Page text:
Beijing to London by Land and Sea – Part 5 St Petersburg

St Petersburg

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St Petersburg is stunning. From the moment I got off the train at the end of Nevski Prospekt, the main drag that runs a couple of miles up to the Neva river and the Winter Palace that sits on its bank, everywhere you looked there was incredibly beautiful and well-maintained architecture. It naturally has a fascinating and long history but there also appears to be a marvellously diverse nightlife and social scene and the people are confident and interesting.

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I got to my hotel, The Nevsky Central Hotel a short walk from the station on Nevski Prospekt, around breakfast time and was told that I could check in after lunch, so I stored my bag and walked to the Hermitage museum.

On the way I had a coffee in KFC. This man was sleeping in his suit, obviously worse for wear after a night on the times in one of the 24 hour bars or late closing nightclubs that dotted Nevsky Prospekt and its side-streets.

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This is a fucking Burger King

I didn’t eat here but simply had to go in to look at the layout of the place. It’s a Burger King. A. Burger. King. Every facet of the city seemed to want to maintain the tasteful, classical styles of the larger historic buildings.

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The Hermitage is incredible. From all the art that had been stolen from all over Europe by the Nazis, to the exquisite decorations of the Winter Palace, and the hall full of portraits of military leaders that fought against Napoleon. Then there’s the Egyptian collection and the Jordan Staircase. Much like the city itself, it’s difficult to walk ten metres without wanting to take pictures.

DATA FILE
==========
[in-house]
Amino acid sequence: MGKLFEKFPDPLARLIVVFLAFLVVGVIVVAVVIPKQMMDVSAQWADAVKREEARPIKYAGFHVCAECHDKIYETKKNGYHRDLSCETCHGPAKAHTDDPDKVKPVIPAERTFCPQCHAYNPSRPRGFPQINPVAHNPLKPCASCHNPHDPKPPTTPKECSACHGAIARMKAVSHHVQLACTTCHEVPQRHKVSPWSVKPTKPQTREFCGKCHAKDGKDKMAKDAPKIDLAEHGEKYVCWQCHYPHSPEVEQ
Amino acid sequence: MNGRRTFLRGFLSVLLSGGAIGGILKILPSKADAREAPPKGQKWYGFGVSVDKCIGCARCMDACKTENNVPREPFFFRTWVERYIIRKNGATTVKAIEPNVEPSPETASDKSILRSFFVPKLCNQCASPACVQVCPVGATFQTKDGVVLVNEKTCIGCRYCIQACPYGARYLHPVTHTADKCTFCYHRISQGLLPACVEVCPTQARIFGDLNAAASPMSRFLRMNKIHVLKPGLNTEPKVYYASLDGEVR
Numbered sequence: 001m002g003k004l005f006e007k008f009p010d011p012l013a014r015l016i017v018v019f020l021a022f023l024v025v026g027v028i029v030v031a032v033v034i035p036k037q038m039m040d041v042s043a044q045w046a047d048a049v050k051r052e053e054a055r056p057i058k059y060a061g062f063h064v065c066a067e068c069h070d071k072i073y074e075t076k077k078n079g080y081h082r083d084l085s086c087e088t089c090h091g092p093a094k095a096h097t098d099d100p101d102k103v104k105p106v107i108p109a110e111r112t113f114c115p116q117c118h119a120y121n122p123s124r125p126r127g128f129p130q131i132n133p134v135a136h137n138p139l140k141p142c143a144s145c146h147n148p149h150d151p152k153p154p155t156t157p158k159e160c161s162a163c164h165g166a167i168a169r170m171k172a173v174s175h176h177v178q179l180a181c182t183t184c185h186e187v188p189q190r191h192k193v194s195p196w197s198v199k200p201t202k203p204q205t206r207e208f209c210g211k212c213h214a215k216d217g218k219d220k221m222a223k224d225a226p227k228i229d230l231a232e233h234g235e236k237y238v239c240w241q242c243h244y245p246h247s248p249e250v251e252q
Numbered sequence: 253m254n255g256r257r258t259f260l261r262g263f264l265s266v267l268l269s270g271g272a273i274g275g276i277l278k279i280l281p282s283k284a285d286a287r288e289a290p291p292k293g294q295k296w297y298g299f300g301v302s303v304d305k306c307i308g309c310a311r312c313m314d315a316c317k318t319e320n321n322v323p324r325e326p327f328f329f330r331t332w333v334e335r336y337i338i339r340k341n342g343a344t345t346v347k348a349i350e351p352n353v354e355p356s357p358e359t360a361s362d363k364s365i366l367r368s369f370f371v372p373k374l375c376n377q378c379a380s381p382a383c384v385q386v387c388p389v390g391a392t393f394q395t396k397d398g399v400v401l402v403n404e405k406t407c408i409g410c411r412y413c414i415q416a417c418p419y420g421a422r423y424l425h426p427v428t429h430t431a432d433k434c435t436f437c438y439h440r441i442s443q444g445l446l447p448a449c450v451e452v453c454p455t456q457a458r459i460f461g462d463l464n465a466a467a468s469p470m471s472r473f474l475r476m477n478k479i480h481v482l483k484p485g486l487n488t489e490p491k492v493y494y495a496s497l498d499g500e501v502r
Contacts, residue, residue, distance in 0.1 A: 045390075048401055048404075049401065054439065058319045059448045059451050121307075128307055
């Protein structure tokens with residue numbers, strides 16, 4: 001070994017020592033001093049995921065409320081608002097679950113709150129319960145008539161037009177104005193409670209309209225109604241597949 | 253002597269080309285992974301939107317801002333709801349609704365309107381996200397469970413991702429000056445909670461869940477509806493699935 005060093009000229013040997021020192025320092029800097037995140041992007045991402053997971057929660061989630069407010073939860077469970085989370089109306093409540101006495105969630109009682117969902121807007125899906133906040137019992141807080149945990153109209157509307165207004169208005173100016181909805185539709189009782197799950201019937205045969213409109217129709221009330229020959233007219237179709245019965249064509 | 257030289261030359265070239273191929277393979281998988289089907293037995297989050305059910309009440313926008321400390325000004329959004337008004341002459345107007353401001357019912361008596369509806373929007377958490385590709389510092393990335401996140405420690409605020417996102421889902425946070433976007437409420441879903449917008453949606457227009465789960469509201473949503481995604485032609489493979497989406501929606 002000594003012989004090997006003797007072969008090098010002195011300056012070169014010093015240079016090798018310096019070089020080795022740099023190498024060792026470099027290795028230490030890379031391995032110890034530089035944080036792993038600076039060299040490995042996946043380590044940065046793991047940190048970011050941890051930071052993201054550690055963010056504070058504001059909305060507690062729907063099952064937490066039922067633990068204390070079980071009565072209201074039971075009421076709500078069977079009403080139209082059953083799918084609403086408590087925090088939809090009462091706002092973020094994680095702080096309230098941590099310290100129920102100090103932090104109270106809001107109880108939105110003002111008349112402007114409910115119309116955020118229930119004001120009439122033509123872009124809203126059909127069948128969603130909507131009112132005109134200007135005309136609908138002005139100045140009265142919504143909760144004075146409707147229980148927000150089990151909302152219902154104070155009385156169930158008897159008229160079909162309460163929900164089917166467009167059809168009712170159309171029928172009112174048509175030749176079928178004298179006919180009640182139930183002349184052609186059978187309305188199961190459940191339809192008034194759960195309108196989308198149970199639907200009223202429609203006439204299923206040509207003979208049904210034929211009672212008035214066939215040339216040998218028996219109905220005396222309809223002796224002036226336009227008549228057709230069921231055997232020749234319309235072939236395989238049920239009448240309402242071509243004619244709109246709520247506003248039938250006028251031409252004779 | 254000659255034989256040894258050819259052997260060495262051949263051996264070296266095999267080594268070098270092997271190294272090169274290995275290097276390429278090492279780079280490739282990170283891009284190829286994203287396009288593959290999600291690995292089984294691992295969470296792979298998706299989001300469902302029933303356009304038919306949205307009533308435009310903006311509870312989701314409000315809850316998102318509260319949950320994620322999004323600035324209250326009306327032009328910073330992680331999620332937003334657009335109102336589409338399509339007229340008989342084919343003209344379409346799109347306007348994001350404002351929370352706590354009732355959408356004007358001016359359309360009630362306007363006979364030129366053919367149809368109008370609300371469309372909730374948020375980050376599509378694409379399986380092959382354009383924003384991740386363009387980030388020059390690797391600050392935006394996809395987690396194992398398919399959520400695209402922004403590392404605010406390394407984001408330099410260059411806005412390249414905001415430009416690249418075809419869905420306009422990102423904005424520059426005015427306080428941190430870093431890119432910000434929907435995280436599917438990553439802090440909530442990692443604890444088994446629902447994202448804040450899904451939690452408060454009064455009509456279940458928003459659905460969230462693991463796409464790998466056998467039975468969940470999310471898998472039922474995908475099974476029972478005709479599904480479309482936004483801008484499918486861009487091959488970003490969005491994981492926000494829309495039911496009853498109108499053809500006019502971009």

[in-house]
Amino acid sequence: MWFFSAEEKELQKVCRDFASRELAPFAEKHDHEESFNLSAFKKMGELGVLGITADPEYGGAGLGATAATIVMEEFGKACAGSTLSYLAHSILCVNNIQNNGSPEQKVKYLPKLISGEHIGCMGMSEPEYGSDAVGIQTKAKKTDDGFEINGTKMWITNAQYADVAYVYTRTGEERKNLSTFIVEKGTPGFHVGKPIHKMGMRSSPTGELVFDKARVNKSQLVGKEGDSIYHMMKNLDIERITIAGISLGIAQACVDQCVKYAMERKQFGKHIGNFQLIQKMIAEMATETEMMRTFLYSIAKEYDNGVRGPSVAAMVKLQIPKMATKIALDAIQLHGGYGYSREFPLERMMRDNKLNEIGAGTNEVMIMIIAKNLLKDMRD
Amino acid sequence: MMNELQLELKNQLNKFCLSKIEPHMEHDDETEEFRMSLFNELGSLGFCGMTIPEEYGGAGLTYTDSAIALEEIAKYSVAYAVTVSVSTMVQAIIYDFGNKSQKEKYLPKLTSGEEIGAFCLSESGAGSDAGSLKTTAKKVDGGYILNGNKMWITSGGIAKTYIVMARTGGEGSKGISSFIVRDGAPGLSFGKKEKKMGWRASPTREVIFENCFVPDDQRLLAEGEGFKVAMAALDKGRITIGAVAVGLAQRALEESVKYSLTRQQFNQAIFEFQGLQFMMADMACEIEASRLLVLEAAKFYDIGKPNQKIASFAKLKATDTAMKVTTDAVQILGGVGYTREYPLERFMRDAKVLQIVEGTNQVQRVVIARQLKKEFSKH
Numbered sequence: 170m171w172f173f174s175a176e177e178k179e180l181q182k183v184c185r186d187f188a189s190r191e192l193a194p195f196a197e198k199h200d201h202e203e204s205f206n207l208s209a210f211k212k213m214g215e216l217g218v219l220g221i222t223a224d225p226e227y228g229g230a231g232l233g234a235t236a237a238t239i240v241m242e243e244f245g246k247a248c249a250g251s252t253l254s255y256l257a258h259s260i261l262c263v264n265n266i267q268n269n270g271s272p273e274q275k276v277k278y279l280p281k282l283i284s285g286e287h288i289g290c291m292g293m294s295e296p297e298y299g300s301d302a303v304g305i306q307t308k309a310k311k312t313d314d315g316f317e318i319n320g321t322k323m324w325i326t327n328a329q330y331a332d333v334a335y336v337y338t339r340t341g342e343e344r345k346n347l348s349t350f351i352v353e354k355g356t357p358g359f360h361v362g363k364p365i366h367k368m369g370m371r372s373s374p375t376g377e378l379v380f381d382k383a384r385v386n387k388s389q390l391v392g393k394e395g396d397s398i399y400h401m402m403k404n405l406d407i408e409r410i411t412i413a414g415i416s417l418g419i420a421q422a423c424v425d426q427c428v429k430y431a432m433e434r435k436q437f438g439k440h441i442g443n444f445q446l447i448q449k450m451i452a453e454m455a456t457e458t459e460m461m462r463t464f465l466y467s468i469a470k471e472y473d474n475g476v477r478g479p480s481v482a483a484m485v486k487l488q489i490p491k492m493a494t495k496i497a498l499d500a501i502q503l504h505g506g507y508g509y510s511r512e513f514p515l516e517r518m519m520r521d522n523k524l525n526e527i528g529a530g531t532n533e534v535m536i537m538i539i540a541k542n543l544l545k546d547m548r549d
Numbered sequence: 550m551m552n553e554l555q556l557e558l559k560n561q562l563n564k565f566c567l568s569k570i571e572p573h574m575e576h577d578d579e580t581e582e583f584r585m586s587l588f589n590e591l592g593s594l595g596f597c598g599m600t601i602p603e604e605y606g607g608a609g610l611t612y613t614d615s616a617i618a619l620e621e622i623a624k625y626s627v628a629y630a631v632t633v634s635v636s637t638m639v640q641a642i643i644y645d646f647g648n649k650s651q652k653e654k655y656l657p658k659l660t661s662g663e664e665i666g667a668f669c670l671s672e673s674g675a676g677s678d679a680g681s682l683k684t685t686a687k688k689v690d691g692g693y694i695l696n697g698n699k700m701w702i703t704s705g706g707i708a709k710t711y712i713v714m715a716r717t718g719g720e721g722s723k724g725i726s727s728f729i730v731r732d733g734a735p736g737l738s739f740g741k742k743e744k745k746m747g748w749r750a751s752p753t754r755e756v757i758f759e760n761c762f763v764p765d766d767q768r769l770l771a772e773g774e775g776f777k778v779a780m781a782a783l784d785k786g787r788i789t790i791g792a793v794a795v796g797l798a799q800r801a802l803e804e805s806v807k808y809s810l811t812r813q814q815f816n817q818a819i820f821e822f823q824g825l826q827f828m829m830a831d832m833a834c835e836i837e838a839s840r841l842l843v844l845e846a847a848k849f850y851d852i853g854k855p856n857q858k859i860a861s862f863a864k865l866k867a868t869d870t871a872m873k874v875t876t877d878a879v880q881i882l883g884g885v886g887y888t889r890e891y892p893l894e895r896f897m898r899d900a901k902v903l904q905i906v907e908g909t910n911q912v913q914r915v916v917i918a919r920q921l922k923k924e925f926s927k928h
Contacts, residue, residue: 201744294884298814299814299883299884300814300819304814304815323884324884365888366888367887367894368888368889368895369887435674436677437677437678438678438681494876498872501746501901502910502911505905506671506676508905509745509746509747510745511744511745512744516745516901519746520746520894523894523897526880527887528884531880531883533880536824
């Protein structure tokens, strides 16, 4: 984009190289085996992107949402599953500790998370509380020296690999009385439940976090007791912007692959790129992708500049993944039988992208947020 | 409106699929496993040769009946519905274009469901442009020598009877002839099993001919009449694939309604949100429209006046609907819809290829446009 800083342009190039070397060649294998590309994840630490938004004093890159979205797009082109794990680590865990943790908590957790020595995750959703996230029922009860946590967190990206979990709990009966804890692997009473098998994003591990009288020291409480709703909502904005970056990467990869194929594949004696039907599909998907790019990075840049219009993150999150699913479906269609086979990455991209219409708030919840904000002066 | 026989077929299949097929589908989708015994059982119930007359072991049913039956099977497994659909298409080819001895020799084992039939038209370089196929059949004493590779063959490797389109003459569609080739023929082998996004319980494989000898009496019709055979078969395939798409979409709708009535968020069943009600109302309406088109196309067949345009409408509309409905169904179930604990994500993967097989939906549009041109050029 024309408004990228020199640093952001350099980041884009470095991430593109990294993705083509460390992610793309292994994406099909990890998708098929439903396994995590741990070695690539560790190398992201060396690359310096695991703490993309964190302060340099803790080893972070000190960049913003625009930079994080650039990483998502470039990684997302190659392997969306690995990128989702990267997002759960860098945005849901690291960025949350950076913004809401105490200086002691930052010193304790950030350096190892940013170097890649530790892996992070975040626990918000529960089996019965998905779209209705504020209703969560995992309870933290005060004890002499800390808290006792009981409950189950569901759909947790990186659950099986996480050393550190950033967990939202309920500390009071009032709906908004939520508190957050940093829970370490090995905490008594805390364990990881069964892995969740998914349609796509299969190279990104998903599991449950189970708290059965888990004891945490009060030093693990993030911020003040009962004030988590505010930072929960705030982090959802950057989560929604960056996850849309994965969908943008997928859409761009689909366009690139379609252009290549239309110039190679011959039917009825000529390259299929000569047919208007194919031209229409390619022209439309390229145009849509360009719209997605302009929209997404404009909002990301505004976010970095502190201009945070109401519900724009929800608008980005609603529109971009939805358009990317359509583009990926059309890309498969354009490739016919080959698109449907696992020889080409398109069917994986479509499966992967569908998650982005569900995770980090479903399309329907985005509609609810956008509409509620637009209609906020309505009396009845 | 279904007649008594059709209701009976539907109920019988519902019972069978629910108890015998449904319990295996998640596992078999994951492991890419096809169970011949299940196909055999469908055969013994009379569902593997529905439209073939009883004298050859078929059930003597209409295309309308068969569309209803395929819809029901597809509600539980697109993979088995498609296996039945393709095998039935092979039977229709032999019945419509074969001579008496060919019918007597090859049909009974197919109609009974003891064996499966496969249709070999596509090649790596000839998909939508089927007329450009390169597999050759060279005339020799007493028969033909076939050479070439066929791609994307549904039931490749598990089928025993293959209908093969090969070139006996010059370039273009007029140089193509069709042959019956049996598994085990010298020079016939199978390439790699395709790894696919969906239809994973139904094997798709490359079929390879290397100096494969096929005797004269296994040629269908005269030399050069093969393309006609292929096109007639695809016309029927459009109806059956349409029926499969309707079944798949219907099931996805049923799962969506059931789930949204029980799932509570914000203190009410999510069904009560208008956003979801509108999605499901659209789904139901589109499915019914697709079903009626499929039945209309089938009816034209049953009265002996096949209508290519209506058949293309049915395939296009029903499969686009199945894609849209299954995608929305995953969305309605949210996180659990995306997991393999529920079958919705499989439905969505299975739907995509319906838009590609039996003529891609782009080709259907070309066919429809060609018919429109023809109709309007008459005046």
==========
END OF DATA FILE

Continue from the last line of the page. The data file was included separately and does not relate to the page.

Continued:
I was hungover and rather respectful of the hundreds of old men and women whose jobs seemed to consist of sitting in the corners of rooms and looking disapprovingly at people wielding Nikons in the directions of the paintings.

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The next morning I took the underground to Peter and Paul Fortress over the Neva from the Winter Palace. While waiting for my train. The doors of the St Petersburg underground are very unforgiving. Once they start to close, that’s it. You’re either in or you’re out and for a few people in the picture below, that was particularly bad news. The doors closed with a very young child on the one side while his family screamed in panic on the other. The look of desperation on the face of his mother and the sound she made as the train pulled away was horrible. I have to imagine that it is something that happens regularly, and they therefore are used to dealing with such situations. I hope everything was OK anyway. I felt particularly useless there at that stage, unable to offer any realistic help.

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Peter and Paul’s Fortress, the island stronghold built by the tsars, was home to a good number of attractions, primarily Peter and Paul’s Cathedral where the empire’s leaders’ bodies were all laid to rest and a certain Mr Tolstoy  was banished.